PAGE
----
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Next US Total Solar Eclipse (Apr 8, 2024)

What Are the Three Types of Solar Eclipses?

total solar eclipse, annular eclipse, partial eclipse
What Are the Three Types of Solar Eclipses?

Not all solar eclipses are created equal. How much of the Sun is covered by the moon determines if you can see a partial, annular, or total eclipse.


There are three types of solar eclipses - partial, annular, and total. Not all solar eclipses are created equal. How much of the Sun is covered by the moon determines if you can see a partial, annular, or total eclipse. A solar eclipse occurs when the moon passes between the Sun and Earth, completely or partially blocking our view of the Sun and casting a shadow on Earth. A solar eclipse can only occur during the day, if you have seen an eclipse at night then you have seen a lunar eclipse.

What is the difference between a total, annular, partial and lunar eclipse?

Partial Eclipse

A partial eclipse occurs when the moon only covers part of the Sun. During a partial solar eclipse, the darkest shadow of the moon, the umbra, misses Earth. Only a partial shadow, the penumbra, lands on Earth.

partial eclipse
Credit: Exploratorium
Quick facts about partial solar eclipses: 
  • Partial solar eclipses occur, on average, two times per year.
  • All solar eclipses begin and end with a period of partial eclipse.
  • You must always wear eye protection during any partial phases of a solar eclipse.

Annular Eclipse

An annular eclipse occurs when the moon doesn’t completely cover the Sun, leaving a “ring of fire” around the moon. During an annular eclipse, the Sun, moon, and Earth are perfectly aligned, but the moon is at its farthest point away from Earth. (The moon has an elliptical orbit, which varies its distance from Earth by 30,000 miles.) This larger distance prevents the moon from entirely blocking out our view of the Sun. Instead, we still see a ring of light around the edge of the moon. This is why annular eclipses are often called “ring of fire” eclipses. Annular eclipses are intriguing, but don't offer the same overwhelming spectacle as total solar eclipses: sunlight dims, but the sky does not go dark; the Sun’s outer atmosphere (solar corona) does not become visible; and you must wear your eclipse glasses throughout the entire event.

annularity during an annular solar eclipse
Credit: Stefan Seip


Annular Solar Eclipse: What to See


Quick facts about annular solar eclipses:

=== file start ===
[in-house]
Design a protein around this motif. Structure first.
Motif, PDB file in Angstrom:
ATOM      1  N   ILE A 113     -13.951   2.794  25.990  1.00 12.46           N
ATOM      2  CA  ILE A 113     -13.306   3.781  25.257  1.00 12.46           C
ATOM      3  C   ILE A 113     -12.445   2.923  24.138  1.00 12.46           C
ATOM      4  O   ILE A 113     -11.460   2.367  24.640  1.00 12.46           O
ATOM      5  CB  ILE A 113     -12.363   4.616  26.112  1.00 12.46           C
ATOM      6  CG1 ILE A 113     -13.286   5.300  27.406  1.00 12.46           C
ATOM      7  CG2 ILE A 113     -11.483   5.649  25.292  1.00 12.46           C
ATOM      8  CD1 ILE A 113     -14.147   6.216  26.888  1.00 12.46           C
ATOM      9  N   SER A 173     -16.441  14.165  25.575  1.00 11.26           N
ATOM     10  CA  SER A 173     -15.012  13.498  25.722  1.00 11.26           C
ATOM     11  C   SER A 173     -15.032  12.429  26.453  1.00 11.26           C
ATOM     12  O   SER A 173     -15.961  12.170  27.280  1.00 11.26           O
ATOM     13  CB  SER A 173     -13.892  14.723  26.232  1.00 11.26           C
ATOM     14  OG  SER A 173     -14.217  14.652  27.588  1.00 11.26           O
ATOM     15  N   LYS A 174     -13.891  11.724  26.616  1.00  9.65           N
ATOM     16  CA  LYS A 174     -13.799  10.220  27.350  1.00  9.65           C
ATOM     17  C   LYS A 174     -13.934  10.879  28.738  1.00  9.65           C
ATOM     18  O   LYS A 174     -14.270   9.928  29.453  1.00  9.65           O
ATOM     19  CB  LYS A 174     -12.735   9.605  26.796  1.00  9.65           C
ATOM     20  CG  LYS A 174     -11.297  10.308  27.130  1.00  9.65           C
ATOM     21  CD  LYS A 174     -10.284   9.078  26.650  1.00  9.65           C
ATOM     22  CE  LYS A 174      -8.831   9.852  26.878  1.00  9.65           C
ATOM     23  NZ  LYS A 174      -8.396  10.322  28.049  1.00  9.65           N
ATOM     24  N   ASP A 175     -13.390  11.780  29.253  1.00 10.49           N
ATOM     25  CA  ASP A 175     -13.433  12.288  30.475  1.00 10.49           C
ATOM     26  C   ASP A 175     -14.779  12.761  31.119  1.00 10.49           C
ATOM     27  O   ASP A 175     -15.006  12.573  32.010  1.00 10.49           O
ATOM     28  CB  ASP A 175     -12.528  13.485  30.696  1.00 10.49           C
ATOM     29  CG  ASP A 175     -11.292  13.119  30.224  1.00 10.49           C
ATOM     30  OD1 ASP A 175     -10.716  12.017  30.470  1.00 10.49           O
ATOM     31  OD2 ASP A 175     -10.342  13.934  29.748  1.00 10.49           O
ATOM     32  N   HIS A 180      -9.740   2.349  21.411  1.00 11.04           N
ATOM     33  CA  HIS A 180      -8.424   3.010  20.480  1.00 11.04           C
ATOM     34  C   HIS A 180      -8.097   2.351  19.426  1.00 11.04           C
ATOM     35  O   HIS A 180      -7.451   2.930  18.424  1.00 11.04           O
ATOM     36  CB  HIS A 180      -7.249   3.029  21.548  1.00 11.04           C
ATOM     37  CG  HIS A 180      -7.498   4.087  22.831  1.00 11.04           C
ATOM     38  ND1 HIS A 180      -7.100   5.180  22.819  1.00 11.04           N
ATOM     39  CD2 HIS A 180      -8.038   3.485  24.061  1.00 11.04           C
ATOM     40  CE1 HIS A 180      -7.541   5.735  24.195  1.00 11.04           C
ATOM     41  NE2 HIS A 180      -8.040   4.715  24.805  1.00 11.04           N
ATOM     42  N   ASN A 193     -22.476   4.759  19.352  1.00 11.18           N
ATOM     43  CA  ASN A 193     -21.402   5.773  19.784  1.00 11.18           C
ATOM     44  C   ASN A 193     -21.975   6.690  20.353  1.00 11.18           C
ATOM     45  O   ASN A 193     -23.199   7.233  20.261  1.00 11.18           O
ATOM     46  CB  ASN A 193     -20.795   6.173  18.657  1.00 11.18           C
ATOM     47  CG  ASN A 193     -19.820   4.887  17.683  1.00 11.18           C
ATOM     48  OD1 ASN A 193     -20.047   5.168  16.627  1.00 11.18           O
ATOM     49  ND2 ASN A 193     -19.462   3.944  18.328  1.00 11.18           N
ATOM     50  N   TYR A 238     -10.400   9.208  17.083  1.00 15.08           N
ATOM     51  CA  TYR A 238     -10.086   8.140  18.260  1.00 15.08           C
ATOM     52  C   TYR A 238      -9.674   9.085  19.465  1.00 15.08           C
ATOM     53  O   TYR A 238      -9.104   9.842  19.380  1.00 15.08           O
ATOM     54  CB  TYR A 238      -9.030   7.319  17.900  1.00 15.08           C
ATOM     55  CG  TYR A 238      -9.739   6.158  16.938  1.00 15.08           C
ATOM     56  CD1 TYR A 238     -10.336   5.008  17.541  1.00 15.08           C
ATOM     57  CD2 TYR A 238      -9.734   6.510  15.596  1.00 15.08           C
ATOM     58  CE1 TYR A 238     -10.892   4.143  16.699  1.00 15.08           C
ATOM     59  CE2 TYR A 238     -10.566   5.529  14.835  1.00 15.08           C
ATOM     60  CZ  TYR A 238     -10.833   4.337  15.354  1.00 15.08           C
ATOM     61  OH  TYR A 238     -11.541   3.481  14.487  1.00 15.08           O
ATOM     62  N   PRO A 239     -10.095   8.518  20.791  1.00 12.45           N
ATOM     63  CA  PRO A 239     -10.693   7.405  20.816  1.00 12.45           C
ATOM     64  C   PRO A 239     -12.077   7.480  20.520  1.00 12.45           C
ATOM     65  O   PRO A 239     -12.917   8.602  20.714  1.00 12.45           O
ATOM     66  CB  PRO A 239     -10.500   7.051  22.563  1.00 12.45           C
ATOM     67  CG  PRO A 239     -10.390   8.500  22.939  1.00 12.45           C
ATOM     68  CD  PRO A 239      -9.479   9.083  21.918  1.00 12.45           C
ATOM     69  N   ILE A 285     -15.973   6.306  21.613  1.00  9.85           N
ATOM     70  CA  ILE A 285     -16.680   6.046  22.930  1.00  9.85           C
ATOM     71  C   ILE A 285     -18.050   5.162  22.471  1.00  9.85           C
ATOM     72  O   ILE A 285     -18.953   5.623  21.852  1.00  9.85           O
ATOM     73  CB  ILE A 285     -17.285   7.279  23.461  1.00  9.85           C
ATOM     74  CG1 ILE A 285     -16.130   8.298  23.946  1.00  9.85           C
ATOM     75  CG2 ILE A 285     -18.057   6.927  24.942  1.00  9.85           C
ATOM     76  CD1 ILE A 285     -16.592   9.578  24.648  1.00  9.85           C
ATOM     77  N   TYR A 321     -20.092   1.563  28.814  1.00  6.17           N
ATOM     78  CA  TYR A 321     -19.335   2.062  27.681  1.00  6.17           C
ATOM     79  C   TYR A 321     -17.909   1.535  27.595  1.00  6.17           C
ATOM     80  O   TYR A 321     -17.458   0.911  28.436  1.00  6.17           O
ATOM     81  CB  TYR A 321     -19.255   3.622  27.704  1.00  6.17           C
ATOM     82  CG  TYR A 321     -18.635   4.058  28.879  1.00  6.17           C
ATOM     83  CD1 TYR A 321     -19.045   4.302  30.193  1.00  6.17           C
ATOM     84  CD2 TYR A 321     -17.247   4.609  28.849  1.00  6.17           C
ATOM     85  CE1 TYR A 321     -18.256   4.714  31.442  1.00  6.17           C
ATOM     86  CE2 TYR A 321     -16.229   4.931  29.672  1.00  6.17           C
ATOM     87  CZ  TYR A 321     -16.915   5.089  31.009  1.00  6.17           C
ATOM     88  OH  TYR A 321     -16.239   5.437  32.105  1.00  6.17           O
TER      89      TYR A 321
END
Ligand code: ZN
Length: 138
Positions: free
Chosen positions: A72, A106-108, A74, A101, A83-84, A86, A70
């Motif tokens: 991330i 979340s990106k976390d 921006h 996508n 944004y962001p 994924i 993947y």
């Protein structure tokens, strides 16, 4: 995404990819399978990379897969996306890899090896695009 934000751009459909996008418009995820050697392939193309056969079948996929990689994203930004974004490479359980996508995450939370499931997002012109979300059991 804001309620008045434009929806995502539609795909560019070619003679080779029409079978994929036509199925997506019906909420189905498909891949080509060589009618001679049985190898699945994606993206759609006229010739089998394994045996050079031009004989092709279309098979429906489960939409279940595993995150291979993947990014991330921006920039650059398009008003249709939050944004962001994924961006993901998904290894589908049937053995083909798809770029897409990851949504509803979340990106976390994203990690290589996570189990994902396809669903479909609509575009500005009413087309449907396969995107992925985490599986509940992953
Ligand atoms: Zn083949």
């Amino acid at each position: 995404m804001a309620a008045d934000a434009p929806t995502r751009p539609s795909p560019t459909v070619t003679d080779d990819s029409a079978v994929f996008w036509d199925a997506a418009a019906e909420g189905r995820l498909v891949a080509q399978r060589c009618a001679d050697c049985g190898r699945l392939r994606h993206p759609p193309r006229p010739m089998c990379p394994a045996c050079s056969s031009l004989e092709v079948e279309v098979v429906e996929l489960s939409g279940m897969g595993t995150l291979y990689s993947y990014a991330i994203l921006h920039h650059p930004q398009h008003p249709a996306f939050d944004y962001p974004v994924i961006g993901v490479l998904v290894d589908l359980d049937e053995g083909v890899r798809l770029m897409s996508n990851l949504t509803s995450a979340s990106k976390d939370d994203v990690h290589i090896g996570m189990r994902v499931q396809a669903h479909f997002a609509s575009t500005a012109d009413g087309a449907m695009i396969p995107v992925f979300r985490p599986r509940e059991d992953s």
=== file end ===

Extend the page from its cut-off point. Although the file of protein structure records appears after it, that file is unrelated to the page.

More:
• The maximum phase of an annular eclipse is called annularity, and the area on Earth where you can see it is called the path of annularity
  • The path of annularity is small, averaging only 93 miles wide.
  • An annular eclipse occurs every one to two years.
  • Annularity can last anywhere from a few seconds to over 12 minutes.

Total Solar Eclipse

A total solar eclipse is when the moon completely blocks our view of the Sun, revealing the Sun’s outer atmosphere—the corona. A total solar eclipse occurs when the moon is precisely positioned between the Sun and Earth, causing the shadow of the moon to fall on Earth. If you are standing in the middle of this shadow (the umbra), then the view of the Sun will be completely blocked by the moon, allowing you to see the outer atmosphere of the Sun (the corona). If you’re anywhere within the significantly larger partial shadow (the penumbra), you will see a partial eclipse.

totality during a solar eclipse
Credit: Exploratorium


Total Solar Eclipse: What to See


Quick facts about total solar eclipses: 
  • They occur on average, every 18 months. From the same place on Earth, you could see one about every 300 to 400 years.
  • The period of time when the Sun is completely obscured by the moon is called totality. It can last anywhere from a few seconds to over seven minutes. During this phase, you can safely remove your eclipse glasses and look at the Sun’s corona, which is only as bright as the full moon!
  • The area where the umbra hits Earth is called the path of totality. It is only about 100 miles wide and 10,000 miles long. You must be within this path to see the eclipse.
  • The shadow from the moon travels across Earth at over 1,000 miles per hour during the eclipse.
  • If you were standing on the moon (or orbiting Earth on a space station), you could see a dark shadow passing over Earth.
shadow of the moon on Earth taken by the ISS

This image was taken from the International Space Station during the 2017 eclipse. It shows the shadow of the moon on Earth. (NASA/ISS)


What’s a hybrid eclipse?

Once in a while, an eclipse will be total along parts of its path and annular or partial along other parts. But the plane of the moon's orbit around Earth is tilted by about five degrees with respect to the Earth's orbit around the Sun. This causes the moon's shadow to often pass above or below the Earth. This is the least frequent type of solar eclipse.


Why isn’t there an eclipse every month?

The moon orbits Earth every month, so common sense would tell us that there should be an eclipse every month. But the moon’s orbit around Earth is not in a flat plane; it’s angled at about five degrees, so the moon’s shadow often goes above or below Earth.  Check out this video to learn more. 

How can the tiny moon block our view of the giant Sun?

When the moon passes in front of the Sun during a total solar eclipse, it exactly covers the Sun’s disk, while letting the corona shine out around it in a spectacular display. The two bodies aren’t really the same size, of course: the Sun is 400 times the diameter of the moon. But it’s also 400 times farther away from us, and this relationship between size and distance makes the Sun and the moon appear the same size. It’s a wonderful coincidence, and should not be taken for granted. Earth is the only planet in our solar system with a moon the proper size and distance to cause the striking solar eclipses we see.